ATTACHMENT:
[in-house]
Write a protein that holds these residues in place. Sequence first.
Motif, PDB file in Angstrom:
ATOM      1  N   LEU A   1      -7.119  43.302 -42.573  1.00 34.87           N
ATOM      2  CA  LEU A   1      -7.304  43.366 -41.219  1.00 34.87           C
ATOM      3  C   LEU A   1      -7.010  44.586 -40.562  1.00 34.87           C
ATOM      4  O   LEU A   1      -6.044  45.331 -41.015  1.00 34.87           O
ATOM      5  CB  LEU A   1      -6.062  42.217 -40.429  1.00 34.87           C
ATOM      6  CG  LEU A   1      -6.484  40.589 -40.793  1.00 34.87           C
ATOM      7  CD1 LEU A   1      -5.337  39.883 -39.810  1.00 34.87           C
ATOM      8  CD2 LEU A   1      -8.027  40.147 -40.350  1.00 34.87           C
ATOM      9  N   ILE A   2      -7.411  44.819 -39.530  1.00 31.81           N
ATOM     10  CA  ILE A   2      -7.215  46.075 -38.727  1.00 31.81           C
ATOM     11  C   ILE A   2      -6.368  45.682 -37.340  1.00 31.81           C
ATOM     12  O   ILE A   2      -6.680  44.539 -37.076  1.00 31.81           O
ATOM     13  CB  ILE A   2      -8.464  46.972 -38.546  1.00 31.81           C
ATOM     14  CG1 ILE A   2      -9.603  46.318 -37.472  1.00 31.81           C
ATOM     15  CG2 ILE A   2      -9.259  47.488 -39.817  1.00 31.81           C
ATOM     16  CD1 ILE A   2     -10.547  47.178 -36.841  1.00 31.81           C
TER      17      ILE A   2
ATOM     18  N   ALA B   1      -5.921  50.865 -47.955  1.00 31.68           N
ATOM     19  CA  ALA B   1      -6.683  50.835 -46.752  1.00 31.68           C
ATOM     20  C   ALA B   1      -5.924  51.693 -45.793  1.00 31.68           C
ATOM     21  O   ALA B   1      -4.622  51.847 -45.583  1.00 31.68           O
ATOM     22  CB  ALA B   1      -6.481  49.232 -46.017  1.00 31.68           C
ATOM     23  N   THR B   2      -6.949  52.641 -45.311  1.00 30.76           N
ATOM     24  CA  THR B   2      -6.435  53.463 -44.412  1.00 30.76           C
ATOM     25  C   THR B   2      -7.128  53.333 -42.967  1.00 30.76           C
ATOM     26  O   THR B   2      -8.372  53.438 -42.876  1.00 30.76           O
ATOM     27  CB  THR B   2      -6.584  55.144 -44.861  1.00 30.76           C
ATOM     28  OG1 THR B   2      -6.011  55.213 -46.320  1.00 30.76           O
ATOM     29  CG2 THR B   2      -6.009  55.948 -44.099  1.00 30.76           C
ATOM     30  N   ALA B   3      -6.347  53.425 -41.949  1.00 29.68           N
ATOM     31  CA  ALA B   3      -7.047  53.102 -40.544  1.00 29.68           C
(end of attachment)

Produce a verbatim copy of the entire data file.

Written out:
[in-house]
Write a protein that holds these residues in place. Sequence first.
Motif, PDB file in Angstrom:
ATOM      1  N   LEU A   1      -7.119  43.302 -42.573  1.00 34.87           N
ATOM      2  CA  LEU A   1      -7.304  43.366 -41.219  1.00 34.87           C
ATOM      3  C   LEU A   1      -7.010  44.586 -40.562  1.00 34.87           C
ATOM      4  O   LEU A   1      -6.044  45.331 -41.015  1.00 34.87           O
ATOM      5  CB  LEU A   1      -6.062  42.217 -40.429  1.00 34.87           C
ATOM      6  CG  LEU A   1      -6.484  40.589 -40.793  1.00 34.87           C
ATOM      7  CD1 LEU A   1      -5.337  39.883 -39.810  1.00 34.87           C
ATOM      8  CD2 LEU A   1      -8.027  40.147 -40.350  1.00 34.87           C
ATOM      9  N   ILE A   2      -7.411  44.819 -39.530  1.00 31.81           N
ATOM     10  CA  ILE A   2      -7.215  46.075 -38.727  1.00 31.81           C
ATOM     11  C   ILE A   2      -6.368  45.682 -37.340  1.00 31.81           C
ATOM     12  O   ILE A   2      -6.680  44.539 -37.076  1.00 31.81           O
ATOM     13  CB  ILE A   2      -8.464  46.972 -38.546  1.00 31.81           C
ATOM     14  CG1 ILE A   2      -9.603  46.318 -37.472  1.00 31.81           C
ATOM     15  CG2 ILE A   2      -9.259  47.488 -39.817  1.00 31.81           C
ATOM     16  CD1 ILE A   2     -10.547  47.178 -36.841  1.00 31.81           C
TER      17      ILE A   2
ATOM     18  N   ALA B   1      -5.921  50.865 -47.955  1.00 31.68           N
ATOM     19  CA  ALA B   1      -6.683  50.835 -46.752  1.00 31.68           C
ATOM     20  C   ALA B   1      -5.924  51.693 -45.793  1.00 31.68           C
ATOM     21  O   ALA B   1      -4.622  51.847 -45.583  1.00 31.68           O
ATOM     22  CB  ALA B   1      -6.481  49.232 -46.017  1.00 31.68           C
ATOM     23  N   THR B   2      -6.949  52.641 -45.311  1.00 30.76           N
ATOM     24  CA  THR B   2      -6.435  53.463 -44.412  1.00 30.76           C
ATOM     25  C   THR B   2      -7.128  53.333 -42.967  1.00 30.76           C
ATOM     26  O   THR B   2      -8.372  53.438 -42.876  1.00 30.76           O
ATOM     27  CB  THR B   2      -6.584  55.144 -44.861  1.00 30.76           C
ATOM     28  OG1 THR B   2      -6.011  55.213 -46.320  1.00 30.76           O
ATOM     29  CG2 THR B   2      -6.009  55.948 -44.099  1.00 30.76           C
ATOM     30  N   ALA B   3      -6.347  53.425 -41.949  1.00 29.68           N
ATOM     31  CA  ALA B   3      -7.047  53.102 -40.544  1.00 29.68           C